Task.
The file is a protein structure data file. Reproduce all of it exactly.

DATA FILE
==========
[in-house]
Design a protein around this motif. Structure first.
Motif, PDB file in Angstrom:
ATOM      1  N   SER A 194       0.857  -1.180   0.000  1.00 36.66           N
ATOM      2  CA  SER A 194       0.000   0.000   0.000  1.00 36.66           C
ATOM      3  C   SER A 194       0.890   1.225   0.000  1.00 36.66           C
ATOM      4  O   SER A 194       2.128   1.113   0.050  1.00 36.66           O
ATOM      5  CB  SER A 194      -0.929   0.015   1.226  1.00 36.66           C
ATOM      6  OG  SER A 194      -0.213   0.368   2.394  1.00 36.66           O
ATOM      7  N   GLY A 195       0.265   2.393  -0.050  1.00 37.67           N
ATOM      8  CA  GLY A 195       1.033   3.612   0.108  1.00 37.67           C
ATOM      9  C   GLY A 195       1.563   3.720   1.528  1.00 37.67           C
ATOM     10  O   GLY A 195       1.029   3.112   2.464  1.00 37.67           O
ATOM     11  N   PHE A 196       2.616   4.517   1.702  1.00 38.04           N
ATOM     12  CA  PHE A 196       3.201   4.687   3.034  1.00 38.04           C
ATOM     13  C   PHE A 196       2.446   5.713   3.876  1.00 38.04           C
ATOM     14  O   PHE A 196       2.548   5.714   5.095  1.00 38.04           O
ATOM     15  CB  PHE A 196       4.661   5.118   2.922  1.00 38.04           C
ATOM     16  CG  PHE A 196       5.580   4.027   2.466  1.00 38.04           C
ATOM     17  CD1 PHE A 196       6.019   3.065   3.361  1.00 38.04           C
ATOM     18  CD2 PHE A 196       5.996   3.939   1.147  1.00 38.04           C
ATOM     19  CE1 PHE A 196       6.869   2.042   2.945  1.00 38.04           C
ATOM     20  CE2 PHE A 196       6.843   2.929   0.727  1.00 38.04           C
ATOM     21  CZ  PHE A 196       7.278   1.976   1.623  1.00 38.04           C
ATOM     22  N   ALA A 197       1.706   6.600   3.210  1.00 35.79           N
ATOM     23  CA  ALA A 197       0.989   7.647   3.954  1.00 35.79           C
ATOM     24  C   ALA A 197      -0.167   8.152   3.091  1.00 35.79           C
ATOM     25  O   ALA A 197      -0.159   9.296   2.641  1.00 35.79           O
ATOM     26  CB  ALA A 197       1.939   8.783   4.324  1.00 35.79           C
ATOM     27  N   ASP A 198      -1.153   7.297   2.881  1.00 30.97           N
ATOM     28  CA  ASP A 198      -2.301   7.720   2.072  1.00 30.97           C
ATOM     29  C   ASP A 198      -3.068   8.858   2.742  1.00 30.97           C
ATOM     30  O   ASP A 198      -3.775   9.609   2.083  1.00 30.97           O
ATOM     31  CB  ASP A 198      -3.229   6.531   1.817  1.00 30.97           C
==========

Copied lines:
[in-house]
Design a protein around this motif. Structure first.
Motif, PDB file in Angstrom:
ATOM      1  N   SER A 194       0.857  -1.180   0.000  1.00 36.66           N
ATOM      2  CA  SER A 194       0.000   0.000   0.000  1.00 36.66           C
ATOM      3  C   SER A 194       0.890   1.225   0.000  1.00 36.66           C
ATOM      4  O   SER A 194       2.128   1.113   0.050  1.00 36.66           O
ATOM      5  CB  SER A 194      -0.929   0.015   1.226  1.00 36.66           C
ATOM      6  OG  SER A 194      -0.213   0.368   2.394  1.00 36.66           O
ATOM      7  N   GLY A 195       0.265   2.393  -0.050  1.00 37.67           N
ATOM      8  CA  GLY A 195       1.033   3.612   0.108  1.00 37.67           C
ATOM      9  C   GLY A 195       1.563   3.720   1.528  1.00 37.67           C
ATOM     10  O   GLY A 195       1.029   3.112   2.464  1.00 37.67           O
ATOM     11  N   PHE A 196       2.616   4.517   1.702  1.00 38.04           N
ATOM     12  CA  PHE A 196       3.201   4.687   3.034  1.00 38.04           C
ATOM     13  C   PHE A 196       2.446   5.713   3.876  1.00 38.04           C
ATOM     14  O   PHE A 196       2.548   5.714   5.095  1.00 38.04           O
ATOM     15  CB  PHE A 196       4.661   5.118   2.922  1.00 38.04           C
ATOM     16  CG  PHE A 196       5.580   4.027   2.466  1.00 38.04           C
ATOM     17  CD1 PHE A 196       6.019   3.065   3.361  1.00 38.04           C
ATOM     18  CD2 PHE A 196       5.996   3.939   1.147  1.00 38.04           C
ATOM     19  CE1 PHE A 196       6.869   2.042   2.945  1.00 38.04           C
ATOM     20  CE2 PHE A 196       6.843   2.929   0.727  1.00 38.04           C
ATOM     21  CZ  PHE A 196       7.278   1.976   1.623  1.00 38.04           C
ATOM     22  N   ALA A 197       1.706   6.600   3.210  1.00 35.79           N
ATOM     23  CA  ALA A 197       0.989   7.647   3.954  1.00 35.79           C
ATOM     24  C   ALA A 197      -0.167   8.152   3.091  1.00 35.79           C
ATOM     25  O   ALA A 197      -0.159   9.296   2.641  1.00 35.79           O
ATOM     26  CB  ALA A 197       1.939   8.783   4.324  1.00 35.79           C
ATOM     27  N   ASP A 198      -1.153   7.297   2.881  1.00 30.97           N
ATOM     28  CA  ASP A 198      -2.301   7.720   2.072  1.00 30.97           C
ATOM     29  C   ASP A 198      -3.068   8.858   2.742  1.00 30.97           C
ATOM     30  O   ASP A 198      -3.775   9.609   2.083  1.00 30.97           O
ATOM     31  CB  ASP A 198      -3.229   6.531   1.817  1.00 30.97           C